Argentina - check. Australia - check. New Zealand - check. South Africa - nothing. Why is it that three of the four teams who make up the all-new Rugby Championship all have a coach ahead of 2012... yet South Africa does not?
France - considered to be notoriously disorganised - had a new coach before the 2011 Rugby World Cup even began. So did Italy.
Underfire England already have a new caretaker team in place, with South Africa's very own Nick Mallett - possibly with more South Africans in tow? - the clear favourite to take the post on a full-time basis in the middle of next year.
Simply put, a case of South African red should be winging its way to one B. Lawrence, Bay of Plenty, New Zealand in time for Sunday, December 25.
To thank him for shouldering the blame of a disastrous World Cup campaign, equal worst in history, whilst the good ship SARU spins merrily along.
But Lawrence's performance masks a litany of errors by the national body that, unfortunately continue - starting with the uncertainty over Peter de Villiers's successor.
It's more futile to talk about the past than the future but the failure to successfully address the Springbok coaching issue in 2010 and the first half in 2011 came back to bite the nation. These included the Springbok coaching staff (remember the blame of De Villiers's assistants rather than looking at the root of the problem?).
Others would be the continued reliance on player power - which came back to bite them as they overrode the Rassie Erasmus drop-goal plan for the quarterfinal, the increasingly bizarre selection of the beleaguered John Smit, as well as the other selection errors.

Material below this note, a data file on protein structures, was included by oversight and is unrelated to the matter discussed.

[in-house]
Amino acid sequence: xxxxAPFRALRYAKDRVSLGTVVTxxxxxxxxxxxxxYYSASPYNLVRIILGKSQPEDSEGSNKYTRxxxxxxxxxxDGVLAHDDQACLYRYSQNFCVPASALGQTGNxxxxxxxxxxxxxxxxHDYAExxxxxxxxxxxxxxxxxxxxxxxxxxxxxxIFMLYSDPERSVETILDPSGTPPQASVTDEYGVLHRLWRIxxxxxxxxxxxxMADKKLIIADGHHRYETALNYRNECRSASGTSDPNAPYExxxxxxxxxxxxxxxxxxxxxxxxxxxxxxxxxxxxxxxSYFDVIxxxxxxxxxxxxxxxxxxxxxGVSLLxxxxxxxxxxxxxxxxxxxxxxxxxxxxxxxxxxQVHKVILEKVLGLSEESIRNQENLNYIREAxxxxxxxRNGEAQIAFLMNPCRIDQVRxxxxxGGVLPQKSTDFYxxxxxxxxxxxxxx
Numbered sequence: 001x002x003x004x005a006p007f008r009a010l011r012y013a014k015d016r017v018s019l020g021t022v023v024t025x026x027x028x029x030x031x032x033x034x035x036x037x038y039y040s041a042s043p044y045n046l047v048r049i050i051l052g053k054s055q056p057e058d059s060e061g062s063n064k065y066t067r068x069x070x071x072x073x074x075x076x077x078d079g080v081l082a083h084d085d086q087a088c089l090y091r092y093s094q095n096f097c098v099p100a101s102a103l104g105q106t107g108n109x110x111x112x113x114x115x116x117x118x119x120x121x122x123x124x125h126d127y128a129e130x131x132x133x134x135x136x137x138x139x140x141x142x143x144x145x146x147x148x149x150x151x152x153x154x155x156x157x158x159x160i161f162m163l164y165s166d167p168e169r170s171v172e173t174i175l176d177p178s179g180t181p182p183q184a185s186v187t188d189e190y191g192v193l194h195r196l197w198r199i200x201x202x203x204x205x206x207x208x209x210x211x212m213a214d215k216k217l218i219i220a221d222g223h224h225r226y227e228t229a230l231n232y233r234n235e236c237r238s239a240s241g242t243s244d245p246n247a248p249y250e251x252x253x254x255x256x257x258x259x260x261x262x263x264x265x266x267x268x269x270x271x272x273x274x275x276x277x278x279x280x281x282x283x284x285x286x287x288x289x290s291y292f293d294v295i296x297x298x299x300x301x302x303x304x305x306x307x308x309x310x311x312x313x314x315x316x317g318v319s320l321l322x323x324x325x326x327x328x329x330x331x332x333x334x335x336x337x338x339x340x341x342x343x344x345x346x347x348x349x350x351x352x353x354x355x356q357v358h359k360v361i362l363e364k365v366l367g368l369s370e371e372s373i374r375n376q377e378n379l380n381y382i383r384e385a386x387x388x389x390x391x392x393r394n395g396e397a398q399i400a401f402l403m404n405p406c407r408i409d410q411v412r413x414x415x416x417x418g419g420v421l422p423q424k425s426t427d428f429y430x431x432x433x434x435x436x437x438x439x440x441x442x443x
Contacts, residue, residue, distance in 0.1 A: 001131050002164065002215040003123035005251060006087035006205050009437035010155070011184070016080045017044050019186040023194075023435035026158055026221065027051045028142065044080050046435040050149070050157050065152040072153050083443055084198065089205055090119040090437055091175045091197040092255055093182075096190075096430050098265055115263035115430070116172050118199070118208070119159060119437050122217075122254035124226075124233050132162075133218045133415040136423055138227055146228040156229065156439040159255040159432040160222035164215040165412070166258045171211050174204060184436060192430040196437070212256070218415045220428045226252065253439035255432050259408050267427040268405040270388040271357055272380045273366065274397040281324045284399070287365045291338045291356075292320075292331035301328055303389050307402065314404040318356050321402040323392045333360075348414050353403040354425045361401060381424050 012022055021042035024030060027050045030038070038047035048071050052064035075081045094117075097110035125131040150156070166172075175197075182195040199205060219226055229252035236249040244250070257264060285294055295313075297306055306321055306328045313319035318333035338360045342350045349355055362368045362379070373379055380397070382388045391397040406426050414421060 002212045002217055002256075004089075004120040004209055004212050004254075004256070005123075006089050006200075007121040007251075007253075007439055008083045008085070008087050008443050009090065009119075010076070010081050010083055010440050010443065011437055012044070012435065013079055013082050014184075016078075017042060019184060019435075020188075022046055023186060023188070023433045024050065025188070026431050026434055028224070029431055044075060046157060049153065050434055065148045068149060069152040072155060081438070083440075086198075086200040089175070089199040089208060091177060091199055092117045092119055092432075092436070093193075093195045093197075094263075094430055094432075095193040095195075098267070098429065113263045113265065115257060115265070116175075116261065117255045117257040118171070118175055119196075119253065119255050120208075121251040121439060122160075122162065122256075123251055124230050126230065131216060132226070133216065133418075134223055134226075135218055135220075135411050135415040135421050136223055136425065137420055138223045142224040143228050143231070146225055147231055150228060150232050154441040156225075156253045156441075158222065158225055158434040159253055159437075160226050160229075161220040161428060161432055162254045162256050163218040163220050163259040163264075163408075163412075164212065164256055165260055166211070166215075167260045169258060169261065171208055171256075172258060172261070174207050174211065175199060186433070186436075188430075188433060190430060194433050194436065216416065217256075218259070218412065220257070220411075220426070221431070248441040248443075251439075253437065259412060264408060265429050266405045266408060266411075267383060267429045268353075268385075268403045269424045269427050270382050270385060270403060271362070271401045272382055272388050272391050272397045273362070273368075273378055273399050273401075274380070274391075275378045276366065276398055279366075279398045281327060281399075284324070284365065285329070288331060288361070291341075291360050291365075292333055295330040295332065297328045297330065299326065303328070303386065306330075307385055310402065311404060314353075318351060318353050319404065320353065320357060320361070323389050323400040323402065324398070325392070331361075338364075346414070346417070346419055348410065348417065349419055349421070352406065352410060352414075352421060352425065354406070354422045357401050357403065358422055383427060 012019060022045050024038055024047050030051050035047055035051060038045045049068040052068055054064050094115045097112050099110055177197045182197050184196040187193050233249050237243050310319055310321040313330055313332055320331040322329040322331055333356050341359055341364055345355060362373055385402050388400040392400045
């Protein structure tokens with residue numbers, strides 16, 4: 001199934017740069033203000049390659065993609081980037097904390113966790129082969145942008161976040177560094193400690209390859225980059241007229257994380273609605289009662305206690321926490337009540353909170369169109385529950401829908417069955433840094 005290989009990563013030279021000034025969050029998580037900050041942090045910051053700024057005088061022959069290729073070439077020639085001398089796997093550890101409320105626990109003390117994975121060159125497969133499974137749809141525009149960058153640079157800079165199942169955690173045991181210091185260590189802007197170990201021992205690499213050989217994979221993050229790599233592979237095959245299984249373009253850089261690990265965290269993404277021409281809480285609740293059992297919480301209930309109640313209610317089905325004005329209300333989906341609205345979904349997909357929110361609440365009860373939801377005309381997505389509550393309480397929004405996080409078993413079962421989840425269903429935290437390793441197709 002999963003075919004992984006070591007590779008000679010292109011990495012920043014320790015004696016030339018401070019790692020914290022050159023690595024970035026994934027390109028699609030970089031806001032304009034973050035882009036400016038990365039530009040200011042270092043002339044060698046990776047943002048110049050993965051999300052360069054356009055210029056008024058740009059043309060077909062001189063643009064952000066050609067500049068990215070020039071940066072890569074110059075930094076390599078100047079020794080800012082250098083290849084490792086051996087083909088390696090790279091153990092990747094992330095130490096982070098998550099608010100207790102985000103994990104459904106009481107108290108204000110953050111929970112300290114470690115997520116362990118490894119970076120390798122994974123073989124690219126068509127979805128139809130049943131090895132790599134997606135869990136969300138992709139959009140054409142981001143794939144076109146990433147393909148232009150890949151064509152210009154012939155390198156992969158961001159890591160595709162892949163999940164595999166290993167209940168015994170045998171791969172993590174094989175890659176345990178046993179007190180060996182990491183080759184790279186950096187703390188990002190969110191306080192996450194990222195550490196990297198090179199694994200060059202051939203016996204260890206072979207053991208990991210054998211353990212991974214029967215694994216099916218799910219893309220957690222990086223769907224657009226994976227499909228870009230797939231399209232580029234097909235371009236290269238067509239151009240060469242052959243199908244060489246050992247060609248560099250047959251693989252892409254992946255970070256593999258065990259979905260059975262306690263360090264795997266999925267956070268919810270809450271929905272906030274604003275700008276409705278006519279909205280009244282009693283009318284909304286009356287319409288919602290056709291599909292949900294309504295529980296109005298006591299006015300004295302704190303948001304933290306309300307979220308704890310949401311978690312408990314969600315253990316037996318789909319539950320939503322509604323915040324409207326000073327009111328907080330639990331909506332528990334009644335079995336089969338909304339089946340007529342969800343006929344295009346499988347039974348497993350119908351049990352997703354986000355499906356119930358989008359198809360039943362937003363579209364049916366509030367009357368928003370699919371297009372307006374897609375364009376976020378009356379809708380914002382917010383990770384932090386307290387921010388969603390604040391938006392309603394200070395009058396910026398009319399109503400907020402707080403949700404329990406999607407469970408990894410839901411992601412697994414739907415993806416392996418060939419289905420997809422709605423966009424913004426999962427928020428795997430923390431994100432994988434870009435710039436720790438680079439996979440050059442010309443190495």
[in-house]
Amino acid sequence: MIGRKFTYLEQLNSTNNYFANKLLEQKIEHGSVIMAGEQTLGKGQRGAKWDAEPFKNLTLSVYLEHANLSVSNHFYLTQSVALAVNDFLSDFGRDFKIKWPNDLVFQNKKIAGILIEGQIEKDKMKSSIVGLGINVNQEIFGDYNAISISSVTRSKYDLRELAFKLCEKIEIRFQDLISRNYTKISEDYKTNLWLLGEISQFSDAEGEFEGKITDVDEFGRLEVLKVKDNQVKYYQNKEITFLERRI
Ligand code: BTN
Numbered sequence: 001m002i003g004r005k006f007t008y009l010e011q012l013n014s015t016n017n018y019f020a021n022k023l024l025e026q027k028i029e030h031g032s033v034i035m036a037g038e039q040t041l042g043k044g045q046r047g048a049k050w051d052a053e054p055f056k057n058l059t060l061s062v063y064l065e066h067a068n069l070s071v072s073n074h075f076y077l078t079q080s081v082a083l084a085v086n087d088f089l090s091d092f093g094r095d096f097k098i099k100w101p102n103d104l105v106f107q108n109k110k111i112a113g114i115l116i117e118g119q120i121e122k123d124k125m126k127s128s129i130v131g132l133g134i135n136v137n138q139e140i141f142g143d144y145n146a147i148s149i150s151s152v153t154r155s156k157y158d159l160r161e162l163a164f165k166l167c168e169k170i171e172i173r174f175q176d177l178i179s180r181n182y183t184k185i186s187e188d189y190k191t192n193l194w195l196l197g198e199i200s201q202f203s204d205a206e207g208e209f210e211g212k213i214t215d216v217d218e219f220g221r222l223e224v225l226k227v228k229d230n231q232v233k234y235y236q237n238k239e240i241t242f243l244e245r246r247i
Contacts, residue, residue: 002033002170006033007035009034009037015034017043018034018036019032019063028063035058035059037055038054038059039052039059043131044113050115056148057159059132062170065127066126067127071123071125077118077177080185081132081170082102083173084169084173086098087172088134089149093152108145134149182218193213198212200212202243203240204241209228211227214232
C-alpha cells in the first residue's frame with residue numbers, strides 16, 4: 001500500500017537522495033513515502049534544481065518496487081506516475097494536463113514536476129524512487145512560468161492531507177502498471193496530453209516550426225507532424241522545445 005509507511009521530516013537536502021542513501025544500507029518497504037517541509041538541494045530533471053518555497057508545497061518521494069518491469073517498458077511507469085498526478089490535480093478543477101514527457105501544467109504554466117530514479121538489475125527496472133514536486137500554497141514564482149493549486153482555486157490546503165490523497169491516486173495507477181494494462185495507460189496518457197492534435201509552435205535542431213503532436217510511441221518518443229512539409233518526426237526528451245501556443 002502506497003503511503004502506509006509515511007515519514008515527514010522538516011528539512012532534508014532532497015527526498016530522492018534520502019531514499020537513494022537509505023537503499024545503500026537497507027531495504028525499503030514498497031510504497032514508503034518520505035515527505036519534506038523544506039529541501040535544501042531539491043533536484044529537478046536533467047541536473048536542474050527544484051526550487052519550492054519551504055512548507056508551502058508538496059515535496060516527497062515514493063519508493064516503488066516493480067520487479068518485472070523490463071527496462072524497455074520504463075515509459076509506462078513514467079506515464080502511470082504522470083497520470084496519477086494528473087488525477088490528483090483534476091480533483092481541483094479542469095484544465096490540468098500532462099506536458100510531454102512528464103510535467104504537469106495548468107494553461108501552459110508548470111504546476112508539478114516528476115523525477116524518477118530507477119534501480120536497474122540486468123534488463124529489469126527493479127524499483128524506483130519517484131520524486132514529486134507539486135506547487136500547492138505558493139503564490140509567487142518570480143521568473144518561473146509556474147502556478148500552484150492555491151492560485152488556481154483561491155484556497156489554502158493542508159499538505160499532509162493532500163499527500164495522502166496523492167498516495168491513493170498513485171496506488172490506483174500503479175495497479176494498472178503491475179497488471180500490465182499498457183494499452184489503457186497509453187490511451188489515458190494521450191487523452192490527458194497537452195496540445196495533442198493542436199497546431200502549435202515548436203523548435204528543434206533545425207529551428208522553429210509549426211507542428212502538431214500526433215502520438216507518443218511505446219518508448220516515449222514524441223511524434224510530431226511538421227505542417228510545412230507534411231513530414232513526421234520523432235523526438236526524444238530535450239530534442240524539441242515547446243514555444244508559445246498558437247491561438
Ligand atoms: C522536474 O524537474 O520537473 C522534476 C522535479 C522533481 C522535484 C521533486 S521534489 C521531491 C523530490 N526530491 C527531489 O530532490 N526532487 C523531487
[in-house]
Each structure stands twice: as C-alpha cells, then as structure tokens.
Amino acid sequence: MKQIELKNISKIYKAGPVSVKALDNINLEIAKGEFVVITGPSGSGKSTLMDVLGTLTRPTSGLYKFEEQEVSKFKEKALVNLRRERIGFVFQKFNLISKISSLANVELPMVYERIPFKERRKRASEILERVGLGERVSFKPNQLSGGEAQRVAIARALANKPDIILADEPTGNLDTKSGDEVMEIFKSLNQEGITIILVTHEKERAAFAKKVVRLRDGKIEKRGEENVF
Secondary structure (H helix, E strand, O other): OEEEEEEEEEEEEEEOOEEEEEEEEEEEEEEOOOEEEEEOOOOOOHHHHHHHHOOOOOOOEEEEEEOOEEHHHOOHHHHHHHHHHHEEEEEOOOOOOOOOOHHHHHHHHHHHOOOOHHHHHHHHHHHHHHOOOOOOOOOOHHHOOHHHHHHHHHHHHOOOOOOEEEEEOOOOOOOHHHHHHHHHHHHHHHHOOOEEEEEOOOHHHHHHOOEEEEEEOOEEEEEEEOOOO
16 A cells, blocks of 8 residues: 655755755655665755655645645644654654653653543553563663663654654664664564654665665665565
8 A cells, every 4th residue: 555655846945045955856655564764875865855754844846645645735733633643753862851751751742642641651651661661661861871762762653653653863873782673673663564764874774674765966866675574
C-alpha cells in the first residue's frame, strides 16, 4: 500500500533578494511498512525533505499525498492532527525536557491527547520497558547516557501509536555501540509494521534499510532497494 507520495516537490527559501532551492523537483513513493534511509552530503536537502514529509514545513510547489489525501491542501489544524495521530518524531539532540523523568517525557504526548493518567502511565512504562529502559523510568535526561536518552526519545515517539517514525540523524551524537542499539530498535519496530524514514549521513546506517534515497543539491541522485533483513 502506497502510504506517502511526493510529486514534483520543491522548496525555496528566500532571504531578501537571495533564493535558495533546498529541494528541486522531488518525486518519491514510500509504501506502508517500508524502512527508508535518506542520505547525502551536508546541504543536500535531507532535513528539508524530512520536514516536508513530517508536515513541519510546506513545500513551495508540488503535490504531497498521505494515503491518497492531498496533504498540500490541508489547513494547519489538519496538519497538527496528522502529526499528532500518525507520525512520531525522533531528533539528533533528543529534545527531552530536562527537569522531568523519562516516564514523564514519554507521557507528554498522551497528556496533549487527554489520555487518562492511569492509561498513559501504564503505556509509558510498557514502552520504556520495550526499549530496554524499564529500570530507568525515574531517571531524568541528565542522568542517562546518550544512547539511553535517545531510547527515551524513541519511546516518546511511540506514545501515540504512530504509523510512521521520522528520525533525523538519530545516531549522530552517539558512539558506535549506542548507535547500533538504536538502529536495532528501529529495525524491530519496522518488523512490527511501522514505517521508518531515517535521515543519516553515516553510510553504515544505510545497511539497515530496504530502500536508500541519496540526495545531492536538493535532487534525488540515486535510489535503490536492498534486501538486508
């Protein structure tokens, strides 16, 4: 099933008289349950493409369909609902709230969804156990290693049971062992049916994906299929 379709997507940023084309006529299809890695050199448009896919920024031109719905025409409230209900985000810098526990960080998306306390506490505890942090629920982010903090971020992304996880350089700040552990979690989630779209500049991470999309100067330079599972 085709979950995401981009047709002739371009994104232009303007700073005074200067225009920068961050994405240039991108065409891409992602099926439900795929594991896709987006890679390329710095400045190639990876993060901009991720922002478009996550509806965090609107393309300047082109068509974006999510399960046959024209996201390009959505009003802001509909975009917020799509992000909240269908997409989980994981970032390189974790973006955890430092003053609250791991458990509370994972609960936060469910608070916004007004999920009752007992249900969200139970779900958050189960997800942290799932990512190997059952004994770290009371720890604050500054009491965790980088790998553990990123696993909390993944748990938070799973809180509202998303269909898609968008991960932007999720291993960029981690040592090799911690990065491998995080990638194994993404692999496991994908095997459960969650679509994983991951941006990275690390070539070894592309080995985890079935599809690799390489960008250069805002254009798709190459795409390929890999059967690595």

Why was Rassie Erasmus not used enough during the RWC?
One of the most severe was the use of technical consultant Erasmus who despite doing a lot of the work with the main squad did not have a say in selection. As dignified as De Villiers was in the World Cup, the lack of appreciation of technical expertise, as was the case since his appointment, was to cost the Boks dearly. It was an oversight or weakness by SARU that they never intervened more directly or with a firmer hand. Instead, they ended up with a management team made up of people all uncertain as to their roles and power.
But that is in the past but it threatens to get worst.
Take for example the handling of the appointment of the new Bok coach. January 27? Why on earth? It's not like the impending change in coach was a surprise or not known. The franchises have been pleading with SARU for six months to hasten the process for the sake of certainty. Succession planning is an imperative in any corporate stricture. France and Italy did theirs, to no ill effect, before the World Cup. New Zealand wrapped up by the middle of December in an angst and drama free process. But whilst SARU goes on holiday for a month we wait until the end of January.
The exception to the seamless transition is England, but they had an 'in contract' coach who stepped down unexpectedly. Besides, no one wants to be like England.
What this means, SARU's prevarication, is that whoever is appointed will have to do another competition as coach of another team before assuming the reins.
If Smal is the favourite... why wait until the end of January?